Lesson 5: Crush Imposter Syndrome.

For most writers, getting their book to the finish line is a massive accomplishment. The most competent and successful authors speak about their crushing negative feelings around their writing and countless fears that they battle daily during the writing process. Putting your work into the world is a real leap of faith. For me, it feels like standing naked on the balcony every time.

After your book has been published there’s the agonising wait to see what people will think, which is worse. Maybe no one says anything, or no one is buying your book? You are getting no reviews, or bad reviews, and there is certainly no one patting you on the back saying, ‘Great job.’

Tip 5.

Let it go and get cracking on your next manuscript. Author and activist Glennon Doyle recommends completely detaching from your work once you’ve put it out into the world.

Easier said than done, but great advice.

Lesson 6: Learn the social media platforms.

Seriously, it’s an endless cycle of learning. So many platforms to choose from. Should you be on all of them or not? Even if you’ve mastered all of them, who has an infinite amount of time to monitor each one and post regularly to each platform so you are not forgotten?

Coming up with ideas of what to post takes you away from writing your next novel, but it’s crucial to your book marketing and your brand. It all takes time and often for very little engagement and, worst of all, posting to complete silence.

Tip 6.

Learn one platform at a time, master it and move on to the next. Always keep up to date with changes to each platform, as there are many. You’ll need to be super organised and schedule your posts. As soon as you can afford it, get a VA to handle your socials for you.

Lesson 7: Errors in your book.

We see errors in books all the time, right? But when you see one in yours, after all the hours of editing and proofreading, it can come as quite a shock. If you are a perfectionist, then the blow is going to be a double one. The print has been run, your book is out there and there’s no calling it back.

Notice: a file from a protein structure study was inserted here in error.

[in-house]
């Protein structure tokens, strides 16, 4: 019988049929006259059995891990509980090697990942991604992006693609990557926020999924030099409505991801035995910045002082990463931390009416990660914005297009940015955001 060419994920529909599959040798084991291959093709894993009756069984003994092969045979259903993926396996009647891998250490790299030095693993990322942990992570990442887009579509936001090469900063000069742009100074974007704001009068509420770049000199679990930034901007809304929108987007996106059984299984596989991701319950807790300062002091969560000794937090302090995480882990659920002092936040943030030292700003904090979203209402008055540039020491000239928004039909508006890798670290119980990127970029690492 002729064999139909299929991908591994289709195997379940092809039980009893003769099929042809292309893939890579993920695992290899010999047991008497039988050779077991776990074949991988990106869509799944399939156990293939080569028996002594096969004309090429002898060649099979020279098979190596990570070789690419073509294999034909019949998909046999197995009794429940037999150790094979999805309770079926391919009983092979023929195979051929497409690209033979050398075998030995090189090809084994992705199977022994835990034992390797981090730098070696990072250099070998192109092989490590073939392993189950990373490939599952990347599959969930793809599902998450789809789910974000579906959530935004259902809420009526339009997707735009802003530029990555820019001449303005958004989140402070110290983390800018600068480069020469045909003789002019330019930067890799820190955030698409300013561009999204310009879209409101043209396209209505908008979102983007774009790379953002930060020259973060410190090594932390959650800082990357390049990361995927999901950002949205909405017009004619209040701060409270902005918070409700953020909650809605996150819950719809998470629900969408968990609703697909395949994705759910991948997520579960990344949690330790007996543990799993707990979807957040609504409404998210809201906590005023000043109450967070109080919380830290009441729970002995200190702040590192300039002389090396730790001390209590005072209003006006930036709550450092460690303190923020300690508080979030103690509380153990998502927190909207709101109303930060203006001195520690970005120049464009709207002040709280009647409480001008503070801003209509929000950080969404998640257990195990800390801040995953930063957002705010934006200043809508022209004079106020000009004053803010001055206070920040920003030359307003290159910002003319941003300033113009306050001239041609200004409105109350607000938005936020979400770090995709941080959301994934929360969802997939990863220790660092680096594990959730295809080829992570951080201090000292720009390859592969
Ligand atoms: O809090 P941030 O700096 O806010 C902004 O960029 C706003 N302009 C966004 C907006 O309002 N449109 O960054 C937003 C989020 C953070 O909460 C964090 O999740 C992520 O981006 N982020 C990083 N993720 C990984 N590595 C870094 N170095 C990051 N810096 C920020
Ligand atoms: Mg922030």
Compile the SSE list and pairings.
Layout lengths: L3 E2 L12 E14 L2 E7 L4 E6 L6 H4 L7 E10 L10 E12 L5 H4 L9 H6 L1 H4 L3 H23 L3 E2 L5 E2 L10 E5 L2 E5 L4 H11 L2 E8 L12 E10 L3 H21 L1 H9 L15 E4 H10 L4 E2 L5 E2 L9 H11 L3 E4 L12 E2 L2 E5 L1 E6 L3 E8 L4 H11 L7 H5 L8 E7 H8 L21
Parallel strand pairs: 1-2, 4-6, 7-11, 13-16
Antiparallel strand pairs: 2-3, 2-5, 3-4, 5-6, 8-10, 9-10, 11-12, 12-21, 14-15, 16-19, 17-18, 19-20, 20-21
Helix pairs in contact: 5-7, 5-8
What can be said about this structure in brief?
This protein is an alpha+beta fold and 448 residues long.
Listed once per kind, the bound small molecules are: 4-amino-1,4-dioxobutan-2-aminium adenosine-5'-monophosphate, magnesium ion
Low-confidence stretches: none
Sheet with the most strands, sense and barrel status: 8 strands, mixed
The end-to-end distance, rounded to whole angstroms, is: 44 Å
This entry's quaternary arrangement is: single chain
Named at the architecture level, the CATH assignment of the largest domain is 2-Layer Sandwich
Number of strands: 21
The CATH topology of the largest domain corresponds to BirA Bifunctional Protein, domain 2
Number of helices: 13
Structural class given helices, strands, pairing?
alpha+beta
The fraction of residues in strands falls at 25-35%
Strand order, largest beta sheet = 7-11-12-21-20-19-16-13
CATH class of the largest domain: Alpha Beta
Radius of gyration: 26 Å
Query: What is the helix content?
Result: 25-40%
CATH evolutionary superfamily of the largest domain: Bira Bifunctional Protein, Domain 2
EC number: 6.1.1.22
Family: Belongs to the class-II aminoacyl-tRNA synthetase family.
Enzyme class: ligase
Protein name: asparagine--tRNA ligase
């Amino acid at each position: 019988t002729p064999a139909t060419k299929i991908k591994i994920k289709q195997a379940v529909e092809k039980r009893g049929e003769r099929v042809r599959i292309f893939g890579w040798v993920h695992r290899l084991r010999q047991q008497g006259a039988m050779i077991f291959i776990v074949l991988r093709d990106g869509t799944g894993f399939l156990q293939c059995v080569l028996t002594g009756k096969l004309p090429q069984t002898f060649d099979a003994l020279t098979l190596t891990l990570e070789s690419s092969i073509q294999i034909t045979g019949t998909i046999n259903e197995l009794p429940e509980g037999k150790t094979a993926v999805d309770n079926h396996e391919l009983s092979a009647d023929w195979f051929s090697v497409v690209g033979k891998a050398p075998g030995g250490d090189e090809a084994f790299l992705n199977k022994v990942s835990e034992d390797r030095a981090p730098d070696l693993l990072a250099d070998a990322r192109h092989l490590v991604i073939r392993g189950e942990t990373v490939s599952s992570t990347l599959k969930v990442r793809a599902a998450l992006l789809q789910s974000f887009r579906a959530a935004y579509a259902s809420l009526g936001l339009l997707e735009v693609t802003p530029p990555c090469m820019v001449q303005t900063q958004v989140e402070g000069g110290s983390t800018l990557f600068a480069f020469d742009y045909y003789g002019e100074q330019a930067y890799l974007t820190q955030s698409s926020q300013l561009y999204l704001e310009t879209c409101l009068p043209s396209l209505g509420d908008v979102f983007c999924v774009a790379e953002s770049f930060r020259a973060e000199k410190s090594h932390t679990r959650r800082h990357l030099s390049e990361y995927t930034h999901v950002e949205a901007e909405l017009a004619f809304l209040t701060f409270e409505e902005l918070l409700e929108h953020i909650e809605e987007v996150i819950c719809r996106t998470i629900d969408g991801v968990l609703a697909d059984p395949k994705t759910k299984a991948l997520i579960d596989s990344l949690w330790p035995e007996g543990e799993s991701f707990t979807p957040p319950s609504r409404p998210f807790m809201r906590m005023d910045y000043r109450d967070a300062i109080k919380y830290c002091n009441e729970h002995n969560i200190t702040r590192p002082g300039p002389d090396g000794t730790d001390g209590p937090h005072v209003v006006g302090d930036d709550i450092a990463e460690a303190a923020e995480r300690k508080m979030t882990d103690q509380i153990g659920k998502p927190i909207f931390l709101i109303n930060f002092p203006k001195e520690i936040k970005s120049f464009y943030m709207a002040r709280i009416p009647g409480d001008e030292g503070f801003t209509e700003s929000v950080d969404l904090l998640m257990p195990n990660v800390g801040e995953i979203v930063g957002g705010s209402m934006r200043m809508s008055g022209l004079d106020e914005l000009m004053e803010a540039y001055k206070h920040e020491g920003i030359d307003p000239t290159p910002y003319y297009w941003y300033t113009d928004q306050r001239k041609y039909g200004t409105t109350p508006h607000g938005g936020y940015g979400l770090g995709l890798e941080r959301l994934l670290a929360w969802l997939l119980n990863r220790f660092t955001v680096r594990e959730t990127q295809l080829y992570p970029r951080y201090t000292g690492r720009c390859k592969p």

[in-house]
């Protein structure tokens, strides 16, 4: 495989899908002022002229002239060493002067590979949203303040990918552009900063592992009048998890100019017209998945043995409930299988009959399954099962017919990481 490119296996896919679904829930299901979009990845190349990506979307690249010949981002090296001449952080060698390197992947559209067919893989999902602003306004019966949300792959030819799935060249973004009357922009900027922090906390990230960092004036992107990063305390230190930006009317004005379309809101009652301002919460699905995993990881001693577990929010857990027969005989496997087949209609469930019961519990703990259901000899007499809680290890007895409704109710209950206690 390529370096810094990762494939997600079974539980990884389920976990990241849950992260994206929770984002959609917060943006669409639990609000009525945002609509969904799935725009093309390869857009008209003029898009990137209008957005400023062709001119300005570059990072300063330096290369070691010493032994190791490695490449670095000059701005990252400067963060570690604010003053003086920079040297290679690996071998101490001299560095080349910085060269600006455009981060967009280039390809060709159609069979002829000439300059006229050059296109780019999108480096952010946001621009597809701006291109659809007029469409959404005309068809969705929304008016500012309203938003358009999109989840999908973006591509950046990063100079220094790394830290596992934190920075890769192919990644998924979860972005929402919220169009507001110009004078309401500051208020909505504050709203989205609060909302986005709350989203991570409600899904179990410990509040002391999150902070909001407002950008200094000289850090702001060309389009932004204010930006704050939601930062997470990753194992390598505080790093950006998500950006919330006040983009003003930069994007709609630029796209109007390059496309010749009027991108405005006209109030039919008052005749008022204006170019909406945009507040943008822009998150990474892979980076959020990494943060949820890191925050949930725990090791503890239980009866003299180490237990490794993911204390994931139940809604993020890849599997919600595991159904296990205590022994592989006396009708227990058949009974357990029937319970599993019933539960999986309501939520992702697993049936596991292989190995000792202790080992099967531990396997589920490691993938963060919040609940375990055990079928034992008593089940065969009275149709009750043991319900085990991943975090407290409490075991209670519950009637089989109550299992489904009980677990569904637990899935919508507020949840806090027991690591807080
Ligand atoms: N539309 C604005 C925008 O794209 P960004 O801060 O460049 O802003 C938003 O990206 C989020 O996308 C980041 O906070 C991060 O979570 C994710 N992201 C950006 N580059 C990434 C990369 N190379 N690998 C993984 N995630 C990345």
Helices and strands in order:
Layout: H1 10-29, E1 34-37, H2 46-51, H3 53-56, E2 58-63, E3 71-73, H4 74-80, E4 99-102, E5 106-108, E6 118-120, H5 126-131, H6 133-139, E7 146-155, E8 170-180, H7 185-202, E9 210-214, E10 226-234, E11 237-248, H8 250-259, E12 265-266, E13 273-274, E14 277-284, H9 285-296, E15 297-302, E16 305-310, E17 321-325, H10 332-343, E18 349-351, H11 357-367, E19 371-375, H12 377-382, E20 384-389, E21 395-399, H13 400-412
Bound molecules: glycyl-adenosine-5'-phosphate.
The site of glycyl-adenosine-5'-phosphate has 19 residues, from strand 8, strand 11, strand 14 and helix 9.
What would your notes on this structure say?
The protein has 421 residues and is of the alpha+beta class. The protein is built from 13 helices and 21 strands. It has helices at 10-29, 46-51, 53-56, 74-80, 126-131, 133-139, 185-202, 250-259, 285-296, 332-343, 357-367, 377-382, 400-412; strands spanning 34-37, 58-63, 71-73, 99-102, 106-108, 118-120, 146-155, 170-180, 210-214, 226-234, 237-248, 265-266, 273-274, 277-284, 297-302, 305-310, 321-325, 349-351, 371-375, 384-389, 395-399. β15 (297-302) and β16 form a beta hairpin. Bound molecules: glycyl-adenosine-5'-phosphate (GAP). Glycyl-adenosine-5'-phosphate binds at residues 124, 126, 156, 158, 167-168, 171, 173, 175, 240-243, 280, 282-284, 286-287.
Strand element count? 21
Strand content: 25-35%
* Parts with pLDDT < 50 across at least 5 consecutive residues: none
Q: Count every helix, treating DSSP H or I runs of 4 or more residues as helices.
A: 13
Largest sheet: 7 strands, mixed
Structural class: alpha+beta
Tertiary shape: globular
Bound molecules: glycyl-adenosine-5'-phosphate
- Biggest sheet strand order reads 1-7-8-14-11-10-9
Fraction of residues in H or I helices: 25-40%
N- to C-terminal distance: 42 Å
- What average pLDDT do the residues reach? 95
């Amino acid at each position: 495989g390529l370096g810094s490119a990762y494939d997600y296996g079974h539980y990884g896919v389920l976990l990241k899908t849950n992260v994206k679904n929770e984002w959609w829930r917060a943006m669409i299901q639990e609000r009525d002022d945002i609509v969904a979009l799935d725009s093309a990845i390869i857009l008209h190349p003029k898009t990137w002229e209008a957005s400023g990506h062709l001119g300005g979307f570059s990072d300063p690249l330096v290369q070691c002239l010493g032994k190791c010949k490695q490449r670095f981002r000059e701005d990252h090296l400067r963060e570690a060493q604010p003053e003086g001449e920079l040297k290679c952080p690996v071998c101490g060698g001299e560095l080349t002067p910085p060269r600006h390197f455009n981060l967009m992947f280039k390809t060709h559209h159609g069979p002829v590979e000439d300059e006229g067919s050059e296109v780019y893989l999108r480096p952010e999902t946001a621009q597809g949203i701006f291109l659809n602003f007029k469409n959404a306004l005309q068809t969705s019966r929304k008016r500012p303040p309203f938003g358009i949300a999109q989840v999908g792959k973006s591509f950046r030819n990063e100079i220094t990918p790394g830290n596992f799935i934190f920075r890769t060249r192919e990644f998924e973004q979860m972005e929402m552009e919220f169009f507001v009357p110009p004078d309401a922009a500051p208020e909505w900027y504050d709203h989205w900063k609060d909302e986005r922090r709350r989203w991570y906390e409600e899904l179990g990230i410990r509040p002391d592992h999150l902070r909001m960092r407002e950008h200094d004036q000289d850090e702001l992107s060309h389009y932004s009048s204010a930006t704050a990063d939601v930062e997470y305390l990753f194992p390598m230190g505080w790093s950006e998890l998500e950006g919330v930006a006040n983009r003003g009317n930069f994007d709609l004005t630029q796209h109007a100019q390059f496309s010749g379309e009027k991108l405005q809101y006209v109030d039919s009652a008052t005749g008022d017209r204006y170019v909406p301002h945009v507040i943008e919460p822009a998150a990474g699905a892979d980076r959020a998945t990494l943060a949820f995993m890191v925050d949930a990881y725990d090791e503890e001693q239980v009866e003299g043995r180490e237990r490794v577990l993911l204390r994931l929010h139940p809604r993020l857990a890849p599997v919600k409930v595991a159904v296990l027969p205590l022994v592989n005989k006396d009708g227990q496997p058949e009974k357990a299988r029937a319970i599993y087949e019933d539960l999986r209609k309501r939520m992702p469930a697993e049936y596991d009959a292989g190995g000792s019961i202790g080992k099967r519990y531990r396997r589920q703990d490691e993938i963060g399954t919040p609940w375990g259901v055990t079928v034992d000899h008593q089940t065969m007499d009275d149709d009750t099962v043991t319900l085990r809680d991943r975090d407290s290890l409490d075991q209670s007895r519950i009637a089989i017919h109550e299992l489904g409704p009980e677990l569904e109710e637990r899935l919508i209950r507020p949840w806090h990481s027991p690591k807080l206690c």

Tip 7.

Go easy on yourself. Remind yourself that the most famous books in the world contain errors and make a note to fix it as soon as possible.

Lesson 8: Managing other people’s expectations.

So, you’ve written a book and, apparently, you’re going to be famous. You’ll be taking your friends to a red-carpet event and shouting them dinner.

On top of that, you’re expected to whip up another book in a matter of months. Well, if you work full-time like me, that’s just not going to happen.

Friend: “Are you rich and famous yet?”

Me: “Ah no, maybe if you bought my book and told your friends about it and left me a review I might be.”

Ha ha!

Tip 8.

Run your own race and keep dreaming of that red-carpet moment. You’ve got this!


Selena Jane writes in several genres including teen fiction, fantasy, and woman’s fiction.

In 2020 she published her debut YA fiction novel Search for the Holy Whale, a coming-of-age story about the importance of our connection to animals and mother earth.

A copywriter by day, novelist by night Selena is also a mother, business owner, world traveller, animal lover, marathon runner and avid reader, she appreciates a well-written book, with great characters and a good storyline.

She lives with her Aussie husband, two children, and as many animals as she can squeeze onto their small acreage in SE Queensland, where she is busy working on her next manuscript.

You can chat with her on twitter, Instagram or facebook or visit her at http://www.selenajane.com